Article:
London ceremony honours victims of violence against women

The names of women and girls who have suffered violence are said aloud as canles were lit in their honour.
The names of women and girls who have suffered violence are said aloud as canles were lit in their honour. Jaclyn Carbone / 980 CFPL

Londoners are commemorating the 28th anniversary of the massacre at Montreal’s Ecole Polytechnique, when a gunman shot 14 women to death and injured 14 other people.

Roughly 70 people gathered at My Sister’s Place over the noon hour Wednesday, for a memorial service hosted by The Circle, a women’s collective in London.

READ MORE: Remembering a massacre: Montreal’s Ecole Polytechnique

After reading the names of the women killed when Marc Lepine opened fired on female engineering students at Ecole Polytechnique in 1989, those in attendance were asked to light candles and speak the names of other women and girls who suffered violence because of their gender.

“The 14 families of the 14 [women killed at Ecole Polytechnique] have requested their names not be read as much anymore. They don’t want to show them as martyrs,” said Selena Horell, council member at The Circle Women’s Collective.
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 “In inviting other women and other members of our community to recognize women who have suffered gender violence in their lives, we’re trying to broaden that out into a national day of remembrance,” she said.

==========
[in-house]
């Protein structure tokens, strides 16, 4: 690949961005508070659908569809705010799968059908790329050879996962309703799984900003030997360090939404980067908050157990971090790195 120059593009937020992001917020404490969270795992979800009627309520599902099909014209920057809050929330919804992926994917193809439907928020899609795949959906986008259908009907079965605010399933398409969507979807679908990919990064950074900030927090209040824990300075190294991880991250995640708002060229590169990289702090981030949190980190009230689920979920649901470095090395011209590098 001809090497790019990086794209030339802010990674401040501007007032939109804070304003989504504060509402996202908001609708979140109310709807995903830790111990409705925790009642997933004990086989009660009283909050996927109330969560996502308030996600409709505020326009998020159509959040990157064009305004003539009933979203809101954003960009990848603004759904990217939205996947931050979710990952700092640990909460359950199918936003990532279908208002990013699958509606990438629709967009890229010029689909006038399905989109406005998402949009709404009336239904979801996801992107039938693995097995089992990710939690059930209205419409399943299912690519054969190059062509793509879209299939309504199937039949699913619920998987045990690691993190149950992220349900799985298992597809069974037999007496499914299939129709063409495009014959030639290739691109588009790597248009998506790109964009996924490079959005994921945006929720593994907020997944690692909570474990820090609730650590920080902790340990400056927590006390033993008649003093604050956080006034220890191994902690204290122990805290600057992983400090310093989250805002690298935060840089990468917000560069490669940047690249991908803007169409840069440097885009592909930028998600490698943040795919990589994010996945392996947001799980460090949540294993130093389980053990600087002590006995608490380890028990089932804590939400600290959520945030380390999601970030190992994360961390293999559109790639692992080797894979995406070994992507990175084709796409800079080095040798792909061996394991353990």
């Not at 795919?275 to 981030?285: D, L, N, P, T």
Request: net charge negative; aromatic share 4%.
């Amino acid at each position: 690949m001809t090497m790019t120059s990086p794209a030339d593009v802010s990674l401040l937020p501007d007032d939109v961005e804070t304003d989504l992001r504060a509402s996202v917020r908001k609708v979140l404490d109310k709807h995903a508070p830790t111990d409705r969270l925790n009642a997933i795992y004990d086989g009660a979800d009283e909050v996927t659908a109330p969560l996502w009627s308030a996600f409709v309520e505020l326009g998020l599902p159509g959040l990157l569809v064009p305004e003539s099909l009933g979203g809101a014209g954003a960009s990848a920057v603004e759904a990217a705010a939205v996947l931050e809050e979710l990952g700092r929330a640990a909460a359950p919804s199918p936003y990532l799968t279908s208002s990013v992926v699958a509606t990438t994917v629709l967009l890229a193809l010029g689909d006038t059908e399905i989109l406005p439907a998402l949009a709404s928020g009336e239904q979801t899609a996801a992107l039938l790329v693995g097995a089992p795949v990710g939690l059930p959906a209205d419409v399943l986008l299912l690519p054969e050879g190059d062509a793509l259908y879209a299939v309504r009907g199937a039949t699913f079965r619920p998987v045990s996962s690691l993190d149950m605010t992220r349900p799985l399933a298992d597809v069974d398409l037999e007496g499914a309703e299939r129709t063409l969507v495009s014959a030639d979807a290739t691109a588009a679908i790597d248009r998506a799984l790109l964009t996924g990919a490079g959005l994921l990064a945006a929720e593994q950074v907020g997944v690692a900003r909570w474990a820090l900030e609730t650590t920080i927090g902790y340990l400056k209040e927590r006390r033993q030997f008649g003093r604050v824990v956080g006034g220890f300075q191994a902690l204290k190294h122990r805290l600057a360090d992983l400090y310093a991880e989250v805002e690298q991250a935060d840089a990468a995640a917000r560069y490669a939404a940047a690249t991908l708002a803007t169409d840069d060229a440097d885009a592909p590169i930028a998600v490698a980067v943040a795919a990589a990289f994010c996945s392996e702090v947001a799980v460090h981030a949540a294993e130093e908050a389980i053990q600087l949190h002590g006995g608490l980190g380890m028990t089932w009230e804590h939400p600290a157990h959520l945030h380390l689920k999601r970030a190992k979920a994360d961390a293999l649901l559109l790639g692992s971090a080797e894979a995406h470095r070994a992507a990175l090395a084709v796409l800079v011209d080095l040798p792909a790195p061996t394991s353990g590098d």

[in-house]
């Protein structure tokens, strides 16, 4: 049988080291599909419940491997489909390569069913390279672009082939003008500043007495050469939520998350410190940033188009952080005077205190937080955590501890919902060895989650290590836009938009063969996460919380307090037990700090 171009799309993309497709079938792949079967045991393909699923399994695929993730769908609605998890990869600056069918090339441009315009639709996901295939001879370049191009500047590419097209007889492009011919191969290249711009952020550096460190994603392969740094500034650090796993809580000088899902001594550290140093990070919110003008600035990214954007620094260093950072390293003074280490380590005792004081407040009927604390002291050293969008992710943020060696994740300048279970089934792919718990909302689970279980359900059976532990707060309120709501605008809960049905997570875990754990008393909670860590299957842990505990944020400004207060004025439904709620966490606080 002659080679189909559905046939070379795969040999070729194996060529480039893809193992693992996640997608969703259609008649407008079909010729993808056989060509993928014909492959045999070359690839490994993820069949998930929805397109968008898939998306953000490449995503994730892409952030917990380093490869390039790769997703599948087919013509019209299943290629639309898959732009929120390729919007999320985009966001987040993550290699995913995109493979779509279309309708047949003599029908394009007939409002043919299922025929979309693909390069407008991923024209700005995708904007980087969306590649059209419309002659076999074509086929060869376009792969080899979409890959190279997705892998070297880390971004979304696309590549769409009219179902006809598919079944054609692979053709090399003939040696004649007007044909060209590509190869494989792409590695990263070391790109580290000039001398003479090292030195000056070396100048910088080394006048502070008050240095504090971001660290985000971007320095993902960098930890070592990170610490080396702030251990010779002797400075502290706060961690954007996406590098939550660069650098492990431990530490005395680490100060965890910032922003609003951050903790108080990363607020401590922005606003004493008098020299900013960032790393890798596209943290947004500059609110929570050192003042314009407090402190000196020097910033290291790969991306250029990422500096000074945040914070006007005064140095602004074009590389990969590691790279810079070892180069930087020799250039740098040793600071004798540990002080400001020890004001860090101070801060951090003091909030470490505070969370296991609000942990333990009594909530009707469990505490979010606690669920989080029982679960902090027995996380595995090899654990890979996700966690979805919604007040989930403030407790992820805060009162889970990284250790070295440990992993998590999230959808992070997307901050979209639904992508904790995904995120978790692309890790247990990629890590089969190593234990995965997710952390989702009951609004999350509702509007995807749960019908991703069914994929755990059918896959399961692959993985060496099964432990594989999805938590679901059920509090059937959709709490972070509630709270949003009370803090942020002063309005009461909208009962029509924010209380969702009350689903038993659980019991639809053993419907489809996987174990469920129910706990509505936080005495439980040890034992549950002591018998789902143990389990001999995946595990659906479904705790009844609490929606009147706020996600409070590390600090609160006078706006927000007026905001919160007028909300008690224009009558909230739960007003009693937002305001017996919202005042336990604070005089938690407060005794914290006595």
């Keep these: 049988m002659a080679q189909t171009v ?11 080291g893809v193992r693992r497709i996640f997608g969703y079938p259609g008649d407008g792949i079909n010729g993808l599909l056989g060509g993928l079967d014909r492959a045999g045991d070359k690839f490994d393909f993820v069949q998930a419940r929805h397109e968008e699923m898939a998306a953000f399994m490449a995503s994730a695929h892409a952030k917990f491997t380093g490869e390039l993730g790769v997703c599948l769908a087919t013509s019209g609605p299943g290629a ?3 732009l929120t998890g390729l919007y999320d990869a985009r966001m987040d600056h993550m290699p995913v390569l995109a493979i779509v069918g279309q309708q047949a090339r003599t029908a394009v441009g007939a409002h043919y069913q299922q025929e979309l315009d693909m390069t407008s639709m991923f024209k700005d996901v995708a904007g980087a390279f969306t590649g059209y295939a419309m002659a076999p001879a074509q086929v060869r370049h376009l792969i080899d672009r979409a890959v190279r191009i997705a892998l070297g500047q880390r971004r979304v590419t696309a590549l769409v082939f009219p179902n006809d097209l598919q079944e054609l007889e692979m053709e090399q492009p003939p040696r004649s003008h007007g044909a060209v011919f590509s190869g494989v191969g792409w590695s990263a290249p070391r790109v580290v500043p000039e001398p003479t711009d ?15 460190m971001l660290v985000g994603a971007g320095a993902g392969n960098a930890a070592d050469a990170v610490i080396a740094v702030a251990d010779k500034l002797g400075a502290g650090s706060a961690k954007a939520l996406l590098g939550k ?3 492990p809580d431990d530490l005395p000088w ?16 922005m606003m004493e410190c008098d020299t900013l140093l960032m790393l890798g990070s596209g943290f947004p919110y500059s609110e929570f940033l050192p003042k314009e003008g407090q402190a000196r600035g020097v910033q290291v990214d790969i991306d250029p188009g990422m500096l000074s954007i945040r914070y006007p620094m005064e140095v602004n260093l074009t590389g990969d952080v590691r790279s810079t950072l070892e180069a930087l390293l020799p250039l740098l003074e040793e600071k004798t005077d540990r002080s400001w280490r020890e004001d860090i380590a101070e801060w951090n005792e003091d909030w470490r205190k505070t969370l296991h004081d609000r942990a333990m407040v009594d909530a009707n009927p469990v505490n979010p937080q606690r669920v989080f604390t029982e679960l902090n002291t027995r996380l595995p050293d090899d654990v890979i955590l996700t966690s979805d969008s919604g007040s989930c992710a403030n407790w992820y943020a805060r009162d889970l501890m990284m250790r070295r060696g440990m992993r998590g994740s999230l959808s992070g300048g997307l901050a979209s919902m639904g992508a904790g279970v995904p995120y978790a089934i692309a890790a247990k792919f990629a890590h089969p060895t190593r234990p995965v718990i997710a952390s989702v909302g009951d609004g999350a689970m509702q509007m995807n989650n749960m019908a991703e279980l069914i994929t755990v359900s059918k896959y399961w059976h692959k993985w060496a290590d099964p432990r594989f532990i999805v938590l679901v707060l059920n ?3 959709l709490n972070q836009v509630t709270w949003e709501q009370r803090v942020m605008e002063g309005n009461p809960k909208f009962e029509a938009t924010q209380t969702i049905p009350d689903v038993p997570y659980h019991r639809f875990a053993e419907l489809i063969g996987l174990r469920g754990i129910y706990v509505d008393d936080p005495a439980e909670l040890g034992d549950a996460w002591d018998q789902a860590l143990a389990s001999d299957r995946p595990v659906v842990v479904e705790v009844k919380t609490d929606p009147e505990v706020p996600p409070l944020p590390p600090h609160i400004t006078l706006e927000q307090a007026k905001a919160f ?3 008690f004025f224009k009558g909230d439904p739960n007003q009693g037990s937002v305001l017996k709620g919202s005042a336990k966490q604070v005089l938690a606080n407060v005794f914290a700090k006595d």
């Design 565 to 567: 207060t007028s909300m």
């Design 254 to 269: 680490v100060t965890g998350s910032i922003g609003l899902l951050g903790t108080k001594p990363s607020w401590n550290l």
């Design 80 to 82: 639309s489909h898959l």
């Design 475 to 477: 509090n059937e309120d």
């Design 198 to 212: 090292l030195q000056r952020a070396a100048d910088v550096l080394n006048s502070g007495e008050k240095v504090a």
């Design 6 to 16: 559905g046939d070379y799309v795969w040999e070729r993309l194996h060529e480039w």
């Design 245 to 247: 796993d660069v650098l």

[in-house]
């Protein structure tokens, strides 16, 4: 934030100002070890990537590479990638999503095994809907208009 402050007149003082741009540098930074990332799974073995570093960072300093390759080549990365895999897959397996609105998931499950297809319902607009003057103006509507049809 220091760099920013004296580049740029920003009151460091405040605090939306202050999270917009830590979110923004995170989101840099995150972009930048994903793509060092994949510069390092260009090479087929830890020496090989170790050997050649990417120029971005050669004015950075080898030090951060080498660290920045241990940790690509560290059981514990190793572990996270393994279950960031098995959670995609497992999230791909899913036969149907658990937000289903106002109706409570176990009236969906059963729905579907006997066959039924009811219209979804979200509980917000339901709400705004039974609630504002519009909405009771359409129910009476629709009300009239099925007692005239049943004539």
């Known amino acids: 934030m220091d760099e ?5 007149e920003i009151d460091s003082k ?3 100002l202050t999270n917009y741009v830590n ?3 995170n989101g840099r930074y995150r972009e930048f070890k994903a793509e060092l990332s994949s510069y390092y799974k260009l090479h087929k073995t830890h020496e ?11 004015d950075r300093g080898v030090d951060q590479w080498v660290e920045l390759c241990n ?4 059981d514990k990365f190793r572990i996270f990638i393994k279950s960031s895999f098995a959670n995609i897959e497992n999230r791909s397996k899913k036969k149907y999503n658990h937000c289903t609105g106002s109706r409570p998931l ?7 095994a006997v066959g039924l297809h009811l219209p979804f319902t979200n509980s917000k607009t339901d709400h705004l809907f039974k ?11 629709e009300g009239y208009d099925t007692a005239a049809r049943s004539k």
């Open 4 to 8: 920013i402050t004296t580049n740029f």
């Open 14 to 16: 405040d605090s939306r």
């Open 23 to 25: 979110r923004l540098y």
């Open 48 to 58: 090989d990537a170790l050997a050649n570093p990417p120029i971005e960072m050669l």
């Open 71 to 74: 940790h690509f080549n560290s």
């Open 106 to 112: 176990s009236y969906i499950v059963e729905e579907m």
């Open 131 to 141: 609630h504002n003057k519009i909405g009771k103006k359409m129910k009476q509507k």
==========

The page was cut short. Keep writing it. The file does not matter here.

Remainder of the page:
The ‘The Ritual of Re-Membering,’ honoured those 14 women. This year’s ceremony held a special meaning, as it also honoured all women who have lost their lives to, or suffered from, gender-based violence.

“It holds a new resonance with the attention that male violence against women has received in Hollywood and with the MeToo movement,” said Leah Getchell, council member at The Circle Women’s Collective.

READ MORE: London honours the 14 women killed at Ecole Polytechnique

While it was a sombre day across the nation, Horell believes it shows the conversation is growing.

“My heart has just been heavy this year, but also really lifted. [That’s because] of the women speaking up [in Hollywood], the commission on missing and murdered Indigenous women and girls, and sex workers in London speaking up — that’s been just really huge in my life,” she said.
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 “[Those are] important voices that I think people are starting to pay attention to,” said Horell.

Twenty-eight years ago, Marc Lepine burst into a classroom at the Ecole Polytechnique, separated the men from the women and opened fire on the female engineering students. Lepine, an Ecole Polytechnique student, had been rejected by the engineering school. He blamed this failure — and others in his life — on women.